Graden says the network is working toward building a "new visual language," while simultaneously seeking to take its focus away from the expected reality TV content of bitchery and producer-inflicted dramarama -- those No Drama Obama youngs, apparently, now prefer it when their fantasy programming mirrors their political sensibilities. But those YouTube clip-ready kitty-kat-fights are what MTV has essentially trademarked, and it's a foolish move for them to attempt to go aspirational without weaning its viewers off the drug its been pushing since The Real World: New York first aired in 1992. And even if Graden is correct, why would the cable behmoth mark their lineup overhaul with a return to New York City -- this time via another Adam Diavello spin-off about a pretty former-nobody who was in the right place at the right time, and which speaks to more excess and endless escapism scored to the latest Bloc Party song?
MTV wants to see young people bettering themselves? They're going to them do it by canceling TRL and promoting... oh, a Trump-produced show called Girls of Hedsor Hall, which "will follow a dozen hard-partying young women as they're whisked off to an English finishing school," and debuts in January. My Fair Lady meets The Princess Diaries does not equal the Obama campaign's sanctioned message of hope and change, but it does, however subtly, echo the endless family-charmed nepotism, re-branding, lowered expectations, spin, and metamorphosis that has always been a hallmark of politics. They ought to recognize that connection, and maybe say as much. The kids might not be all right, but they know what they like, and they aren't dumb.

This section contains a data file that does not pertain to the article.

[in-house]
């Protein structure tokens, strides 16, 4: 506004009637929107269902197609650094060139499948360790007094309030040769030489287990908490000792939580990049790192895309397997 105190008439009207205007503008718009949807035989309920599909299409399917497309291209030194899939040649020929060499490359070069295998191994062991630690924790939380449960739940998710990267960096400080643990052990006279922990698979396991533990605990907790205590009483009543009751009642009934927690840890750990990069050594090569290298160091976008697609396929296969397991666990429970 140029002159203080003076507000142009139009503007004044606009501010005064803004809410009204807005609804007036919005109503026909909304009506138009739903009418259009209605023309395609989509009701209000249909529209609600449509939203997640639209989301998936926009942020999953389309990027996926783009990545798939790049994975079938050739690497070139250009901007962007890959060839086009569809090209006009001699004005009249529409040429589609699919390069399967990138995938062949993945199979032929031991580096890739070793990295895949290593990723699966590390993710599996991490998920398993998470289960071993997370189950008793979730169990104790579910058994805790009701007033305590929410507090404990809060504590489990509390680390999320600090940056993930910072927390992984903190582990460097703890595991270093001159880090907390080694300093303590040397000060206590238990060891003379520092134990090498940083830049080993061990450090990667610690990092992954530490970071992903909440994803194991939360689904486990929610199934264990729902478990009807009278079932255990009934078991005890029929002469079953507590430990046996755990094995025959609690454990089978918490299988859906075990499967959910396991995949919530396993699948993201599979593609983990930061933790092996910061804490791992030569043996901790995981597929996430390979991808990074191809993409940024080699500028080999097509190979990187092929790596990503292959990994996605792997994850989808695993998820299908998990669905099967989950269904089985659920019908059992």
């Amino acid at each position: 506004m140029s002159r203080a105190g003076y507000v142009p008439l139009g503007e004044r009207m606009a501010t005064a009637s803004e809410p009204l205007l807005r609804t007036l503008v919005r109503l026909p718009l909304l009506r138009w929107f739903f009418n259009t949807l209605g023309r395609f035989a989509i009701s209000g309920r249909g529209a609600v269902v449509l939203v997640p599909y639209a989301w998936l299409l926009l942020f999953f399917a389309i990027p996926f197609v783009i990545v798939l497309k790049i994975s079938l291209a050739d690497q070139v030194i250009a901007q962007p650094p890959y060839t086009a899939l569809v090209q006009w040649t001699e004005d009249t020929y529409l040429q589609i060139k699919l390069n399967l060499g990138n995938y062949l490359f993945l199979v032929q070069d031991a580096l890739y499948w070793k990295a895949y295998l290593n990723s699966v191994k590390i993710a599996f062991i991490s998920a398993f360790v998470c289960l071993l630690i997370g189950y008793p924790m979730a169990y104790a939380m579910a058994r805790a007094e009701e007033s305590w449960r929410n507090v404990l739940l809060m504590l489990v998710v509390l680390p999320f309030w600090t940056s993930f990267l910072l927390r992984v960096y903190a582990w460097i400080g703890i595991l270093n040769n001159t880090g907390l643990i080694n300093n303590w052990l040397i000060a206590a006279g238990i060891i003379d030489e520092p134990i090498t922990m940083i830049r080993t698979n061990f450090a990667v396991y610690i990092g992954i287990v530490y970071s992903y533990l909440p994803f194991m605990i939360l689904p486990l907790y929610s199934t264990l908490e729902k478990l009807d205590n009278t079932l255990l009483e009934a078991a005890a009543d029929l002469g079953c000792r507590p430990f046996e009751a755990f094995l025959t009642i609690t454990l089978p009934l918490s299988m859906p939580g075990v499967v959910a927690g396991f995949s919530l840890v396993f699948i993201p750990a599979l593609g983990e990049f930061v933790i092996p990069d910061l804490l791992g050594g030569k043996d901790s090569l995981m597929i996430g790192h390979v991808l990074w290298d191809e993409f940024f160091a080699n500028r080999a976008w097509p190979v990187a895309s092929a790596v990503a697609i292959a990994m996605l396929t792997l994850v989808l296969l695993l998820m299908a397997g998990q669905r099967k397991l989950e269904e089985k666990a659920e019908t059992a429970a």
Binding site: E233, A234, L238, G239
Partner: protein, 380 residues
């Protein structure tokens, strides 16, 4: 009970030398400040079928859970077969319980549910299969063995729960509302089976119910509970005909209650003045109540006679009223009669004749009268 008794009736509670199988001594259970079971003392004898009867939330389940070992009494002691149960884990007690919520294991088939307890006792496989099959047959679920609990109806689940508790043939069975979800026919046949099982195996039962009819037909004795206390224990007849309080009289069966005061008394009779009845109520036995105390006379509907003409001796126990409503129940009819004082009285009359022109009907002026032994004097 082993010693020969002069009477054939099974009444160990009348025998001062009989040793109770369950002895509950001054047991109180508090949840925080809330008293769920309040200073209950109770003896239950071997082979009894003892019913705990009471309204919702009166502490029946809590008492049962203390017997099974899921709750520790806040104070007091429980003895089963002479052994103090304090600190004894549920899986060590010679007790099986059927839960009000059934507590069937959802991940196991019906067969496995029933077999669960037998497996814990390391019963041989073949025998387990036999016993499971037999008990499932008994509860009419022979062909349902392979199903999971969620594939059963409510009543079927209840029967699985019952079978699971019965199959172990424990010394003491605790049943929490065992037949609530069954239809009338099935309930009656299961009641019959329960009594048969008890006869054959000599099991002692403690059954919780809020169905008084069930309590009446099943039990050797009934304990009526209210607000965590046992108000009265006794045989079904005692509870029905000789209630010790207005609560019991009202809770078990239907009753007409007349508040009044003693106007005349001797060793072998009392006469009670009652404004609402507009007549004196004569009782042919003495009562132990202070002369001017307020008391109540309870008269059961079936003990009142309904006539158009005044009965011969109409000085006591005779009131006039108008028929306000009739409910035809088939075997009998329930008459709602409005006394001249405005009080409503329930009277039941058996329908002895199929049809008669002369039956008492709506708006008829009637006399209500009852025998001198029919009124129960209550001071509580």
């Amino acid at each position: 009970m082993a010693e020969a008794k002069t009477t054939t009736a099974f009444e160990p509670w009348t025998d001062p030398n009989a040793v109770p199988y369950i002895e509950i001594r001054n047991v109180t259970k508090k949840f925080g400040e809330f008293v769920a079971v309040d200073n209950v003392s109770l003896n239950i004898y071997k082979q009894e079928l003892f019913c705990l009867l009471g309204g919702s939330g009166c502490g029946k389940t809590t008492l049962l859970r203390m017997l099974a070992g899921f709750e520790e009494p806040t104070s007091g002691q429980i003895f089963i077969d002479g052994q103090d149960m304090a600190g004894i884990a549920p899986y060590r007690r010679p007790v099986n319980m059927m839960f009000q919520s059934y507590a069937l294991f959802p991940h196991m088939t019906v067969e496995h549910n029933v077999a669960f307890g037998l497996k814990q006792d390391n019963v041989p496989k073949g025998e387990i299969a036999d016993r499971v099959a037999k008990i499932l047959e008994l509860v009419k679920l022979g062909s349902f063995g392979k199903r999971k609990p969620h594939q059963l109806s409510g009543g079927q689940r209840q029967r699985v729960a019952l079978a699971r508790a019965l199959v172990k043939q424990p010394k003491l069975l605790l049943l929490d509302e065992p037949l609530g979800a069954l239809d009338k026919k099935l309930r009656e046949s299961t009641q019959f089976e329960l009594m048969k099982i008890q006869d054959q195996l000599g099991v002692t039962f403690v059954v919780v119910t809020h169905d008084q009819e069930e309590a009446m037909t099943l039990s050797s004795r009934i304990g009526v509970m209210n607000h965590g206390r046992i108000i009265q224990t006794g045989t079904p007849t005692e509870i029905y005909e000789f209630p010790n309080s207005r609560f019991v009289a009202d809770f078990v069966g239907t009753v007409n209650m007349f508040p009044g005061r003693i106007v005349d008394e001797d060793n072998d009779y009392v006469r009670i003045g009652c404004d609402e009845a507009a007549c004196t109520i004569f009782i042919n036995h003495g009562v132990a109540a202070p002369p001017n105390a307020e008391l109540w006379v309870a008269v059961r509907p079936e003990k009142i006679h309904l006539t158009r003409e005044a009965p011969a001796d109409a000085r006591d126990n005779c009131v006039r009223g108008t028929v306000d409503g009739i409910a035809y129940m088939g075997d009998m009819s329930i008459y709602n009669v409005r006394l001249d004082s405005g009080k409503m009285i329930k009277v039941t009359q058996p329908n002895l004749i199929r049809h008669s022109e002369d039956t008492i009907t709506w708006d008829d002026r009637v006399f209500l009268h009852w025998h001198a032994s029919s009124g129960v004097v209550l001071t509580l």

"MTV plans 16 new reality shows" [Variety]
Ah, yes, Knut Hamsun, the Norwegian Nobel Laureate who eventually went crazy and gave his medal to Goebbels as a token of affection, but not before inventing the unreliable narrator, among other things.
This book is, I'm told, one of the first real attempts at an interior, psychological first-person narrator. As such there's something of a conflict (appropriate given Hamsun's combativeness) between language that's accessible, almost plain at times, and a more classical sense of diction and objectivity. But rather than take an amateur's guess at where specifically the crazed, unnamed writer protagonist fits into the evolution of narration, I'm interested a definitely prescient assumption Hamsun seems to make. Note the title: not "madness" but "hunger." This early psychologically attuned monologue treats consciousness as a physical phenomenon — mental states are portrayed as almost biochemical ones. The narrator's behavior is altered by how much food he has in his stomach; by the weather; by the sights and sounds and people he encounters. Rather than a fixed consciousness interacting with an outside world, he's a semipermeable vessel.
For what it's worth, recent editions of this book have a Paul Auster forward that initially seems overwritten, but ends up making good points about the narrator as a harbinger of Modernism — in the literary and indeed social sense — who divests himself of connections to social conventions, religion, and ultimately objective reality.